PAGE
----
Is the slimmest 10x Optical zoom camera worth its salt?
Launched as the worlds thinnest camera with 10x optical zoom coupled with a full HD movie mode, 8.8fps burst mode, a super slow movie mode with a Digic 4 processor to back it all up; the 1000HS looked like a promising camera on paper at least. Let’s see if this translates into real life performance.
The 1000HS comes with Rechargeable Li-Ion Battery NB-9L, Battery charger, Hand strap, USB cable, A/V cable, CD-ROM featuring Canon Digital Camera Solution, basic printed manual and full manual on CD-ROM
Canon does not provide a memory card with the camera so you’re going to have to buy one unless a local retailer gives one as a freebie with the camera. With the cameras capabilities of taking 10mp images and Full HD videos that translates into huge file sizes, it would be recommended to buy an 8GB or bigger capacity memory card with HD video capabilities. (Class 6 or above)
The camera body
Available in silver, brown and pink; the 1000HS feels and handles like a top of the line camera. The metallic body is of high quality with smooth panels and angular corners. The battery and memory card doors don’t feel flimsy at all, although the plastic flap over the connection ports could have been designed better.
Even though it’s the worlds thinnest 10x optical zoom camera, with dimensions of 101 x 59 x 22 mm, the 1000HS isn’t a very small or light (weighs 191gms) camera when compared to ultra compact cameras. In fact, the extra bulk helps to hand hold this camera more easily when shooting at the longer end of the zoom, particularly with the lack of any real hand grip.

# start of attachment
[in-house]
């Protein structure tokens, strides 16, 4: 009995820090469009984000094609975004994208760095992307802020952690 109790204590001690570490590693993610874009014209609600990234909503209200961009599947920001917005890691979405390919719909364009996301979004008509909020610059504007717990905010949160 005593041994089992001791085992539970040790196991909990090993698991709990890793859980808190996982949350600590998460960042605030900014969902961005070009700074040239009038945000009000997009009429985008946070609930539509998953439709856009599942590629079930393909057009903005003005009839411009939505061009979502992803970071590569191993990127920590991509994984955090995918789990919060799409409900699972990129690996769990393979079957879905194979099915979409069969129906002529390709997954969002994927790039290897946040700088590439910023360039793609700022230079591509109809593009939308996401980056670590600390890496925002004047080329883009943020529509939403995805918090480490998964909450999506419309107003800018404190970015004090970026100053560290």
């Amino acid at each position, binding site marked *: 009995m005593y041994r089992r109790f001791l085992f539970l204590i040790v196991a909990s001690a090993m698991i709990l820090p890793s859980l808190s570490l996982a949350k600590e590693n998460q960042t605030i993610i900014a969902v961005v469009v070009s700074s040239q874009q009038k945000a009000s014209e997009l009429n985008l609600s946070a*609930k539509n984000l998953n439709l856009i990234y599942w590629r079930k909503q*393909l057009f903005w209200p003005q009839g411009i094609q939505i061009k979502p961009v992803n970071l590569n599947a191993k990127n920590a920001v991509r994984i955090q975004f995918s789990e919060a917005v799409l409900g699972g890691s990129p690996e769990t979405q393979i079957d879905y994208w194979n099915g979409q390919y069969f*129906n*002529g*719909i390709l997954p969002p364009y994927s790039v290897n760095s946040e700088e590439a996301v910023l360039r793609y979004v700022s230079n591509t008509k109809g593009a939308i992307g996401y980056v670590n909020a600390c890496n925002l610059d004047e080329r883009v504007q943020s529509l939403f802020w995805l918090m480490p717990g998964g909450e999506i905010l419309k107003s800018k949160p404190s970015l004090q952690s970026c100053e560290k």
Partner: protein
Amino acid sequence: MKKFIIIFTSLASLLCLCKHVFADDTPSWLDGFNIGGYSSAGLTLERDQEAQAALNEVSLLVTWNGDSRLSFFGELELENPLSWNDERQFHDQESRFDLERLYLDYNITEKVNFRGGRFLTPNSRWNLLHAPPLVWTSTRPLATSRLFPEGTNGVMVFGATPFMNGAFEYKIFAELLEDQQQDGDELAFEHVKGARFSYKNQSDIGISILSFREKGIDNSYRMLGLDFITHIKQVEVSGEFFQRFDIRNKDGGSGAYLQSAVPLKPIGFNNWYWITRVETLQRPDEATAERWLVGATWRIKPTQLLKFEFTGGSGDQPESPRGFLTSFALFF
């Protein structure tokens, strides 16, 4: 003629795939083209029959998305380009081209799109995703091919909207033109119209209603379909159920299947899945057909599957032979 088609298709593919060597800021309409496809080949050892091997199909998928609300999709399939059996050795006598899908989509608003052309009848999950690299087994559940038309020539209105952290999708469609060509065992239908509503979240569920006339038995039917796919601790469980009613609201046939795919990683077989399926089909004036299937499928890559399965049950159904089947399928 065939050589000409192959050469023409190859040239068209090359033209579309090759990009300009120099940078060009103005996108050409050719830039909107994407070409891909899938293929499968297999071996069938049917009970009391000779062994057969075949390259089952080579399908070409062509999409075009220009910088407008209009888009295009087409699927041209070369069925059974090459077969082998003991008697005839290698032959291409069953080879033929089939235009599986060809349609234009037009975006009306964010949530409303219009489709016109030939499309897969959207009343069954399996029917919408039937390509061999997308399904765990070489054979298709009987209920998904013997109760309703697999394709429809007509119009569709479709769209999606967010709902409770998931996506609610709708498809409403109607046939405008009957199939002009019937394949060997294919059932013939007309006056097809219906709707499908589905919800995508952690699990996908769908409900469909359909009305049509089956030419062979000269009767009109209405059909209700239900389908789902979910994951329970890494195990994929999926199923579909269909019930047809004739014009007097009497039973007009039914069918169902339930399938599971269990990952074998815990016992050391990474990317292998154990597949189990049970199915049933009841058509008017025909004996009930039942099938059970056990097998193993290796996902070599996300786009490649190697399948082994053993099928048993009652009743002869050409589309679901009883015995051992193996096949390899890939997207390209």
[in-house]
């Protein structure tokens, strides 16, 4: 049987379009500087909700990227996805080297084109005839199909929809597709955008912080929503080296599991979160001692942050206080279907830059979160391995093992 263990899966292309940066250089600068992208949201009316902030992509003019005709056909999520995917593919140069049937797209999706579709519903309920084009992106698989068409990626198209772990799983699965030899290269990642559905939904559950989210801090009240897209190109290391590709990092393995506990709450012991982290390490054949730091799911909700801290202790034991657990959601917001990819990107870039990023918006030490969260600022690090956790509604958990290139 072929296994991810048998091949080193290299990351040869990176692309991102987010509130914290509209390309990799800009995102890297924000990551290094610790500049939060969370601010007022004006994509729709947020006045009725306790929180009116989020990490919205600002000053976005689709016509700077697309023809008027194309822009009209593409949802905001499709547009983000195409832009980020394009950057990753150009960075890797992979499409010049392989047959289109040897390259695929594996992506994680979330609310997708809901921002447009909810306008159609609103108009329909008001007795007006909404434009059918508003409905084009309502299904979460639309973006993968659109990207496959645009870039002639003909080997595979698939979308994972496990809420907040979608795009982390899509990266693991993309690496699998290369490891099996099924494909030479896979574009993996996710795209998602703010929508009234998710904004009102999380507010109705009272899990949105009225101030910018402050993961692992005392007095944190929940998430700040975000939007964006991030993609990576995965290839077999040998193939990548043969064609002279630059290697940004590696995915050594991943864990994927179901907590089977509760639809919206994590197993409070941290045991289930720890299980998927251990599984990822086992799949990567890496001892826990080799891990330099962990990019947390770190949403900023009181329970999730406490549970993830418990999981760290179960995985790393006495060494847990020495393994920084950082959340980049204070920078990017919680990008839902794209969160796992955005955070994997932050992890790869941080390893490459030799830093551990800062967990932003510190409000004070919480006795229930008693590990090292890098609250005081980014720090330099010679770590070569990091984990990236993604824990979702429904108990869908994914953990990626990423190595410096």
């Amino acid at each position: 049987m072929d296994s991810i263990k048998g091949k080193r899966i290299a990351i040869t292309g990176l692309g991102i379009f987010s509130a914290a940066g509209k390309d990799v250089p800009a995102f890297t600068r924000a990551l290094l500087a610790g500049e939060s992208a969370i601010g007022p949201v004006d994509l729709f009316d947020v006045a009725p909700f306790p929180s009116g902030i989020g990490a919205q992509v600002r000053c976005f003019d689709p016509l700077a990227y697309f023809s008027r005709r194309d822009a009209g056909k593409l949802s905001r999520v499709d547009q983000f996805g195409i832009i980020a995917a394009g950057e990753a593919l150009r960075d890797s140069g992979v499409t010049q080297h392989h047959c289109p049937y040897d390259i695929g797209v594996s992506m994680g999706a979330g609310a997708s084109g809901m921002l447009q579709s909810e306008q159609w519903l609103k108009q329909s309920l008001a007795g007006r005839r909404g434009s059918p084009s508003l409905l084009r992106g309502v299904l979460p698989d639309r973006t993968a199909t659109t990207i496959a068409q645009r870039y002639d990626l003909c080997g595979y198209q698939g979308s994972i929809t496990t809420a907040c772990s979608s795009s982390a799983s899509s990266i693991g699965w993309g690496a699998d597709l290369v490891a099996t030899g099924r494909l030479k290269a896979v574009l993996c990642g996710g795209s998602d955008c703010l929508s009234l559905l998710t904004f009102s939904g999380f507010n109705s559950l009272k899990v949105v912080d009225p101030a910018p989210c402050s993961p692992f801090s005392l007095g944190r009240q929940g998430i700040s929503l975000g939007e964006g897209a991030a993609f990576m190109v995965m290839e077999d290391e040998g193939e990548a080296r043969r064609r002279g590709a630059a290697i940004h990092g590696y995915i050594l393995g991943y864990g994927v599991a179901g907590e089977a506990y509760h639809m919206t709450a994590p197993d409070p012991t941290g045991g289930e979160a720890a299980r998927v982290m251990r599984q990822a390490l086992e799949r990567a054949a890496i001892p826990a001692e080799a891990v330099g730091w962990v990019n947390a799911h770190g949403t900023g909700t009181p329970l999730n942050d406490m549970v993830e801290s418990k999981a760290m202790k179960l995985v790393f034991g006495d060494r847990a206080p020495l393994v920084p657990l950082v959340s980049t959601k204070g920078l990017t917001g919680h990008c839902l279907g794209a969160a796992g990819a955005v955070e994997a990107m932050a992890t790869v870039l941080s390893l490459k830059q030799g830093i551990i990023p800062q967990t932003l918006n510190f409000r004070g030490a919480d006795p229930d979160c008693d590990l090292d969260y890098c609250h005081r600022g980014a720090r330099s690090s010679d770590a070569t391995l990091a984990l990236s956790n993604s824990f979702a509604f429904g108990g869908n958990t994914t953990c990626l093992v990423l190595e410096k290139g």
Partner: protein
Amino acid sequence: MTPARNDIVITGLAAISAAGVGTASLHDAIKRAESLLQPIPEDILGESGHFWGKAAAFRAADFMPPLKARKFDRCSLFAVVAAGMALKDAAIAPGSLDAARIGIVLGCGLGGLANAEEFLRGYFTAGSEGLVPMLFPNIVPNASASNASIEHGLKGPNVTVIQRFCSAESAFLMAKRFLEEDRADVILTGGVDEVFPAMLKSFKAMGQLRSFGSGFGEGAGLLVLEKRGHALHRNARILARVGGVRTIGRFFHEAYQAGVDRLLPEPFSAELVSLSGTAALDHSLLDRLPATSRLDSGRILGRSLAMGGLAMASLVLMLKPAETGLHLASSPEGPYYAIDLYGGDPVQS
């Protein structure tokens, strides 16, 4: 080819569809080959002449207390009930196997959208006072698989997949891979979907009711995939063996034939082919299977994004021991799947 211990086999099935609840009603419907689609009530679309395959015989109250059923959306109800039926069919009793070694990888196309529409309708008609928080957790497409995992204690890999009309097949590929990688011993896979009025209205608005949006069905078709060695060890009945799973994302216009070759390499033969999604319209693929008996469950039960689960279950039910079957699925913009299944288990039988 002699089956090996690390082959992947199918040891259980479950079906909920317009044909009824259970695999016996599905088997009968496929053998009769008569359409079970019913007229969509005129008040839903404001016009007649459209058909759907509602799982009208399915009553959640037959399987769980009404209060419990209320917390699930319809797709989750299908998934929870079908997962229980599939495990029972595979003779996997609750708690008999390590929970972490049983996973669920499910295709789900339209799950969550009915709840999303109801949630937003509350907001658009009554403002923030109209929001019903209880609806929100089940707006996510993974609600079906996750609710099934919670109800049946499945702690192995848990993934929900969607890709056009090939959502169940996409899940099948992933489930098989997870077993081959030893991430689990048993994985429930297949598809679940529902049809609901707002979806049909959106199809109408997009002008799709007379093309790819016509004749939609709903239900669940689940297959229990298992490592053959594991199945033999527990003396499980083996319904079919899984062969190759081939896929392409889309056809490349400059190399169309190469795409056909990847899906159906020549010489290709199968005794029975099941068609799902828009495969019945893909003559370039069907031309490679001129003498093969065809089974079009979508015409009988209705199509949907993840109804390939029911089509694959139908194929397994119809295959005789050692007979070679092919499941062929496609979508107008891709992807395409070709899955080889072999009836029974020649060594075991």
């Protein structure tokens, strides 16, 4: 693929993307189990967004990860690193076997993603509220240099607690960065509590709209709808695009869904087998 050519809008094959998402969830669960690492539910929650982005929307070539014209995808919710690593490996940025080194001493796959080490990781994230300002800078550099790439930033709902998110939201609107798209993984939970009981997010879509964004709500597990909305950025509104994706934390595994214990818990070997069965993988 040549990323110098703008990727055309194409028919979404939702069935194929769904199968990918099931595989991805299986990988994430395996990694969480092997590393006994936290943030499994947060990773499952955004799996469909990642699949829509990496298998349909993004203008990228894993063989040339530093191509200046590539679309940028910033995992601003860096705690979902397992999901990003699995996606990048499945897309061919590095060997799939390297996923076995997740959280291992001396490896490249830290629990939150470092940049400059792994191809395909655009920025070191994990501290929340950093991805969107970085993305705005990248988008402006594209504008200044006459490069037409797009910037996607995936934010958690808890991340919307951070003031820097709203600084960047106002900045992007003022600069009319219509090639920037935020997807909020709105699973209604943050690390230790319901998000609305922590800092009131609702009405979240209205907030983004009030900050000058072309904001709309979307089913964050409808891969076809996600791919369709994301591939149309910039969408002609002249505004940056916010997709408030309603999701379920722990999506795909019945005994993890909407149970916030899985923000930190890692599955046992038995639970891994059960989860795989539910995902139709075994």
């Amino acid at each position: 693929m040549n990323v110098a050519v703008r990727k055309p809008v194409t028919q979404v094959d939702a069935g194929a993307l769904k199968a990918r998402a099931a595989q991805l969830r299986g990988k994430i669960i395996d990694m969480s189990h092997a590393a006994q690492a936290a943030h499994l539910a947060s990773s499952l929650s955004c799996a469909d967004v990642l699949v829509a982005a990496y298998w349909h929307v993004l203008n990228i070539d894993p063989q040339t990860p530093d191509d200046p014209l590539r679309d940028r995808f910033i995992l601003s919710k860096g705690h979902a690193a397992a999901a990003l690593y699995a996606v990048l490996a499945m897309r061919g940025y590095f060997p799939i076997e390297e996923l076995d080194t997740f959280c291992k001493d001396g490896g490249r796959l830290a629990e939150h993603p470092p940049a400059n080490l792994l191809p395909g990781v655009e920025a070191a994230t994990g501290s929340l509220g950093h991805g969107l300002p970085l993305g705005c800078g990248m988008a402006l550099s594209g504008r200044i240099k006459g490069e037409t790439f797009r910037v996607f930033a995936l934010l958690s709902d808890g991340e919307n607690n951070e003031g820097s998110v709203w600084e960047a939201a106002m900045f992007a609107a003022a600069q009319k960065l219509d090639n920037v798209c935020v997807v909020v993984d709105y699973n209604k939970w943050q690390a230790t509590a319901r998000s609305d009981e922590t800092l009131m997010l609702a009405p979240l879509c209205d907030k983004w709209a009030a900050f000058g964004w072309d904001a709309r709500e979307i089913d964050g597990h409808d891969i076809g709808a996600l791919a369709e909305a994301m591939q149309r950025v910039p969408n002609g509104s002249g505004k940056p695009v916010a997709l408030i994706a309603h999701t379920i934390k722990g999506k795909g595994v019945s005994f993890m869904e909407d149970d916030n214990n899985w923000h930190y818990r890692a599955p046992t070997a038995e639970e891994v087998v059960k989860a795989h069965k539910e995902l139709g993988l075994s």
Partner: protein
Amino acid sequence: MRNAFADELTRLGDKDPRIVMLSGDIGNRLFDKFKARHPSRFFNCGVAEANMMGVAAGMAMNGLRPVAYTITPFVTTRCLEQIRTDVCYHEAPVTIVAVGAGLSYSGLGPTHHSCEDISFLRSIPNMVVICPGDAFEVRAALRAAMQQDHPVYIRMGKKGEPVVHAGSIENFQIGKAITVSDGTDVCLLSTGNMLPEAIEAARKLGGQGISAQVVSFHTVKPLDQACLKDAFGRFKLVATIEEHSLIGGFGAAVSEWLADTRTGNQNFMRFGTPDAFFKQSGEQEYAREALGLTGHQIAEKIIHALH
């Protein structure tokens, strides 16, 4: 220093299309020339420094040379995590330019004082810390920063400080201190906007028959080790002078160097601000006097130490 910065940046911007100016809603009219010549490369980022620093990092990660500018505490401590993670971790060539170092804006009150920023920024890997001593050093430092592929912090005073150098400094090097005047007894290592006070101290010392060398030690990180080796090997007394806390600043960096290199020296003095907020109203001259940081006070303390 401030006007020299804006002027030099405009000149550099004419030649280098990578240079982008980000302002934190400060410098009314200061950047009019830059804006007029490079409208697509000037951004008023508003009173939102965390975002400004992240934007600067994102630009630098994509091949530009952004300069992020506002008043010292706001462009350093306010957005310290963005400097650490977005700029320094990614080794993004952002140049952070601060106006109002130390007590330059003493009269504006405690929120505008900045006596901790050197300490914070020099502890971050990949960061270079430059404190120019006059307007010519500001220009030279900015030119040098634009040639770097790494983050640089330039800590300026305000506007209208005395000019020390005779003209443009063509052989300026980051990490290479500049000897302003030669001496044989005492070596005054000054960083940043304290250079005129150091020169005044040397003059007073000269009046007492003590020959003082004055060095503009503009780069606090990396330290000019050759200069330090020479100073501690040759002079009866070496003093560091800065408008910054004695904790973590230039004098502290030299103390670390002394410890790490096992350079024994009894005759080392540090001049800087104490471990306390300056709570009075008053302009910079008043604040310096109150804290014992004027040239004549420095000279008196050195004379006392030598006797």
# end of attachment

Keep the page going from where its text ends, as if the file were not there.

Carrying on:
The lens has a focal length of 6.3-63mm which translates into 36-360mm in 35mm format coupled with a rather disappointing aperture of f3.4 at the short end to a decent f5.6 at the long end. The lens is image stabilized which allows users to hand hold the camera even in low light conditions and get sharp images. With competitors flaunting 28mm wide lens on their cameras, the 1000HS seems to be at a disadvantage.
There are just three main selections on top of the camera in the form of Video, Still and Play. Different modes for Video and Still can be found in the menus. The camera features a mini-HDMI output allowing you to connect it to the TV along with an AV/USB 2.0 port on the side. The zoom control is a rotary switch around the shutter button, and has two speeds depending on how far you move the control.
Video gets a dedicated record button on the rear of the camera allowing you to instantly take videos even when in the Still photo mode. The scroll wheel on the rear of the camera is a welcome addition for people who are used to a similar wheel in pro level DSLR cameras, though it might seem a little hard for people used to buttons to get a hang of how it works. It’s something that people will either love or hate. The lack of a dedicated delete button makes deleting pictures a 3 step process.
A 16:9 ratio 3.0 inch TFT screen with 230,000pixels and 100% coverage works flawlessly for HD videos; meanwhile black bands crop on either side of the screen while shooting in normal 4:3 ratio. The low resolution screen falls behind by a long shot compared to competitors and it makes you wonder why such a high-end camera was fitted with a rather basic screen.